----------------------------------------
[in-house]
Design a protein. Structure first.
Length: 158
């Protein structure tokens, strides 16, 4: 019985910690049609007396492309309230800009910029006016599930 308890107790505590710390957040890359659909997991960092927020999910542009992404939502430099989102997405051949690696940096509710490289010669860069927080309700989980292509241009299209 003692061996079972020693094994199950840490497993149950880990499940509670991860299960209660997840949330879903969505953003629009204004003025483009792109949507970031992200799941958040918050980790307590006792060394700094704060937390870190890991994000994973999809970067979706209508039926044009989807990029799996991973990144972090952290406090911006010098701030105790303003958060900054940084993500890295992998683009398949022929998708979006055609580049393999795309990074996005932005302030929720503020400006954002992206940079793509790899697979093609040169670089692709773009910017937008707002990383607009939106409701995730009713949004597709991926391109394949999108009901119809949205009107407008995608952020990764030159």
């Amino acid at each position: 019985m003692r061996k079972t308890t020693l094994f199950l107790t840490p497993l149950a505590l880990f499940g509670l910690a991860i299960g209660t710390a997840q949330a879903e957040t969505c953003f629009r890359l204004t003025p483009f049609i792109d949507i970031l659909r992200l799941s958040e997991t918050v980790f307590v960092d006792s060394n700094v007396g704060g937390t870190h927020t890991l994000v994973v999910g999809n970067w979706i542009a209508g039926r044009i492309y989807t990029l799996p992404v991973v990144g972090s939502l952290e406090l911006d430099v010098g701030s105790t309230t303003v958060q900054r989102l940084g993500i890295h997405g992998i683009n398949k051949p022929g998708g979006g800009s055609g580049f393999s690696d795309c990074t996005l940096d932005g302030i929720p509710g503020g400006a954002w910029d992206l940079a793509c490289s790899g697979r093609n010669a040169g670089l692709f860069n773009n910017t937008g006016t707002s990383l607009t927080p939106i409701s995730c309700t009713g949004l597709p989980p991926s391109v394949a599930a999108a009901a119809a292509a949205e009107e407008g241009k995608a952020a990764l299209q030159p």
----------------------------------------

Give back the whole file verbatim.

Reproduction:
[in-house]
Design a protein. Structure first.
Length: 158
């Protein structure tokens, strides 16, 4: 019985910690049609007396492309309230800009910029006016599930 308890107790505590710390957040890359659909997991960092927020999910542009992404939502430099989102997405051949690696940096509710490289010669860069927080309700989980292509241009299209 003692061996079972020693094994199950840490497993149950880990499940509670991860299960209660997840949330879903969505953003629009204004003025483009792109949507970031992200799941958040918050980790307590006792060394700094704060937390870190890991994000994973999809970067979706209508039926044009989807990029799996991973990144972090952290406090911006010098701030105790303003958060900054940084993500890295992998683009398949022929998708979006055609580049393999795309990074996005932005302030929720503020400006954002992206940079793509790899697979093609040169670089692709773009910017937008707002990383607009939106409701995730009713949004597709991926391109394949999108009901119809949205009107407008995608952020990764030159």
């Amino acid at each position: 019985m003692r061996k079972t308890t020693l094994f199950l107790t840490p497993l149950a505590l880990f499940g509670l910690a991860i299960g209660t710390a997840q949330a879903e957040t969505c953003f629009r890359l204004t003025p483009f049609i792109d949507i970031l659909r992200l799941s958040e997991t918050v980790f307590v960092d006792s060394n700094v007396g704060g937390t870190h927020t890991l994000v994973v999910g999809n970067w979706i542009a209508g039926r044009i492309y989807t990029l799996p992404v991973v990144g972090s939502l952290e406090l911006d430099v010098g701030s105790t309230t303003v958060q900054r989102l940084g993500i890295h997405g992998i683009n398949k051949p022929g998708g979006g800009s055609g580049f393999s690696d795309c990074t996005l940096d932005g302030i929720p509710g503020g400006a954002w910029d992206l940079a793509c490289s790899g697979r093609n010669a040169g670089l692709f860069n773009n910017t937008g006016t707002s990383l607009t927080p939106i409701s995730c309700t009713g949004l597709p989980p991926s391109v394949a599930a999108a009901a119809a292509a949205e009107e407008g241009k995608a952020a990764l299209q030159p």